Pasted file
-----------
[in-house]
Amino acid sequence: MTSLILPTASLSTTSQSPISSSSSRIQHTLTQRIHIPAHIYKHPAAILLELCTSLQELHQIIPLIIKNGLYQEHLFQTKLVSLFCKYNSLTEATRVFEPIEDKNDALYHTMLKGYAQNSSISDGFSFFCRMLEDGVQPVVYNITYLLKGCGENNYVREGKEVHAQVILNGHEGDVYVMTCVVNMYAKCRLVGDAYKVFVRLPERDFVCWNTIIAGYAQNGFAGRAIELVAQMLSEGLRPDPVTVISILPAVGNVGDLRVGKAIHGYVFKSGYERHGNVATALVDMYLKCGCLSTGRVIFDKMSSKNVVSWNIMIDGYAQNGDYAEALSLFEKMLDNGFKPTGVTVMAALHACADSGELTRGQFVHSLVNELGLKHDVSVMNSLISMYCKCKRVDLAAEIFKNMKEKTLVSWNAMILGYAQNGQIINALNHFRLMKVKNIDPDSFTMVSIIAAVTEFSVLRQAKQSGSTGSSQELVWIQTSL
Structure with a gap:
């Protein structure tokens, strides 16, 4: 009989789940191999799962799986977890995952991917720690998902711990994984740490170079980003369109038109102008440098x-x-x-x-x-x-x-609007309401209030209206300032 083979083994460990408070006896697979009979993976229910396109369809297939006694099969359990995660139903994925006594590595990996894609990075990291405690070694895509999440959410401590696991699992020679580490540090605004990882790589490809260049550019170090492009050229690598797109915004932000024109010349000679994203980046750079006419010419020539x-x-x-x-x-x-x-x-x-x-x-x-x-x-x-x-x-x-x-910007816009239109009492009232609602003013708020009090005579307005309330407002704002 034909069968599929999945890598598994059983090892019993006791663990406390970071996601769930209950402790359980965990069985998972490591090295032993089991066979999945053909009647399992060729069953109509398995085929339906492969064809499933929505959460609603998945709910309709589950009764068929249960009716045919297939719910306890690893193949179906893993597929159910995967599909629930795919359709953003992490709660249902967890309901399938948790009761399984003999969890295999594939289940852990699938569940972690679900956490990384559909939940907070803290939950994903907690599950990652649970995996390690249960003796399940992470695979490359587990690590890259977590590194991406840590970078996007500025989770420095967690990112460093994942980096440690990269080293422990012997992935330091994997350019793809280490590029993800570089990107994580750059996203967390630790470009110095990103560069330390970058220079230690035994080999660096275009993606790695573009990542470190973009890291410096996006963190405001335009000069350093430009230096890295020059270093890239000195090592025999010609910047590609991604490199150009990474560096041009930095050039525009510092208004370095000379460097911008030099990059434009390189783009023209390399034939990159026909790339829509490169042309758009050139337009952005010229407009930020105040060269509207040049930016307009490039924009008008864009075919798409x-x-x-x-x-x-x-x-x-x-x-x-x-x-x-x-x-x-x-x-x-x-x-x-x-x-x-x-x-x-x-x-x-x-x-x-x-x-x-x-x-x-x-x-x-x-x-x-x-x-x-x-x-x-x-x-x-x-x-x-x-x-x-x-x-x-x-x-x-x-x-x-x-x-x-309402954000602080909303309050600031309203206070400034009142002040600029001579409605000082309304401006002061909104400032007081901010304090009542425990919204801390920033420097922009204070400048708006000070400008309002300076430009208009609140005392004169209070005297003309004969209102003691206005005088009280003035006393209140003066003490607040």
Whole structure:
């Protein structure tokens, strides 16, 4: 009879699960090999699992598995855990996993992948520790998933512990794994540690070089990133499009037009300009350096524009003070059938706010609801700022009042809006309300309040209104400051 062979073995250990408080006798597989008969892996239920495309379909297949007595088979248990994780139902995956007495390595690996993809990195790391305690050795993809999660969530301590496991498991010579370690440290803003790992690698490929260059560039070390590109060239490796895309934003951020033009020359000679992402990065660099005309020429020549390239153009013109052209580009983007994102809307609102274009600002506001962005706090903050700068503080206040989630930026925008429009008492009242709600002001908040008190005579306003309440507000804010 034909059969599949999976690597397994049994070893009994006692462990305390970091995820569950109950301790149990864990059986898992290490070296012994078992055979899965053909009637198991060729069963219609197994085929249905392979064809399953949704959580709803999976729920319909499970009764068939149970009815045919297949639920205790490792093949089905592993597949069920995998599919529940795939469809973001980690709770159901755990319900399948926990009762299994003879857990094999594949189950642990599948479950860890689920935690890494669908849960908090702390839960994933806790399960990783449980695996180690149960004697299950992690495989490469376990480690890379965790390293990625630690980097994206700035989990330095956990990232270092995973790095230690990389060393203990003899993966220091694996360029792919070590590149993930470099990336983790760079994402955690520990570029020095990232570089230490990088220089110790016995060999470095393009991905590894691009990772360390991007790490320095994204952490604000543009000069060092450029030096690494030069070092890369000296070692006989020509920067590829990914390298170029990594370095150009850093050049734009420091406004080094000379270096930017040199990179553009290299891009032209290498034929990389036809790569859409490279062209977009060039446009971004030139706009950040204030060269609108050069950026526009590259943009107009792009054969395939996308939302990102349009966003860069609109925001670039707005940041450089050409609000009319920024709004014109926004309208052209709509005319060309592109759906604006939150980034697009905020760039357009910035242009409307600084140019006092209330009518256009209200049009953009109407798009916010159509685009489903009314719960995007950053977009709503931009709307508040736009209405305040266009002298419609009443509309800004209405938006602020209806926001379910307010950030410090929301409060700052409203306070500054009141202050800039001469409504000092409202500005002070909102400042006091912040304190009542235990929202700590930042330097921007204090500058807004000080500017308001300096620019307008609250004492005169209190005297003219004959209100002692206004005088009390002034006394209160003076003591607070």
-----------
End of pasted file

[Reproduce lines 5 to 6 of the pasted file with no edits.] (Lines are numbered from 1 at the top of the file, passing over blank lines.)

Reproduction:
Whole structure:
């Protein structure tokens, strides 16, 4: 009879699960090999699992598995855990996993992948520790998933512990794994540690070089990133499009037009300009350096524009003070059938706010609801700022009042809006309300309040209104400051 062979073995250990408080006798597989008969892996239920495309379909297949007595088979248990994780139902995956007495390595690996993809990195790391305690050795993809999660969530301590496991498991010579370690440290803003790992690698490929260059560039070390590109060239490796895309934003951020033009020359000679992402990065660099005309020429020549390239153009013109052209580009983007994102809307609102274009600002506001962005706090903050700068503080206040989630930026925008429009008492009242709600002001908040008190005579306003309440507000804010 034909059969599949999976690597397994049994070893009994006692462990305390970091995820569950109950301790149990864990059986898992290490070296012994078992055979899965053909009637198991060729069963219609197994085929249905392979064809399953949704959580709803999976729920319909499970009764068939149970009815045919297949639920205790490792093949089905592993597949069920995998599919529940795939469809973001980690709770159901755990319900399948926990009762299994003879857990094999594949189950642990599948479950860890689920935690890494669908849960908090702390839960994933806790399960990783449980695996180690149960004697299950992690495989490469376990480690890379965790390293990625630690980097994206700035989990330095956990990232270092995973790095230690990389060393203990003899993966220091694996360029792919070590590149993930470099990336983790760079994402955690520990570029020095990232570089230490990088220089110790016995060999470095393009991905590894691009990772360390991007790490320095994204952490604000543009000069060092450029030096690494030069070092890369000296070692006989020509920067590829990914390298170029990594370095150009850093050049734009420091406004080094000379270096930017040199990179553009290299891009032209290498034929990389036809790569859409490279062209977009060039446009971004030139706009950040204030060269609108050069950026526009590259943009107009792009054969395939996308939302990102349009966003860069609109925001670039707005940041450089050409609000009319920024709004014109926004309208052209709509005319060309592109759906604006939150980034697009905020760039357009910035242009409307600084140019006092209330009518256009209200049009953009109407798009916010159509685009489903009314719960995007950053977009709503931009709307508040736009209405305040266009002298419609009443509309800004209405938006602020209806926001379910307010950030410090929301409060700052409203306070500054009141202050800039001469409504000092409202500005002070909102400042006091912040304190009542235990929202700590930042330097921007204090500058807004000080500017308001300096620019307008609250004492005169209190005297003219004959209100002692206004005088009390002034006394209160003076003591607070």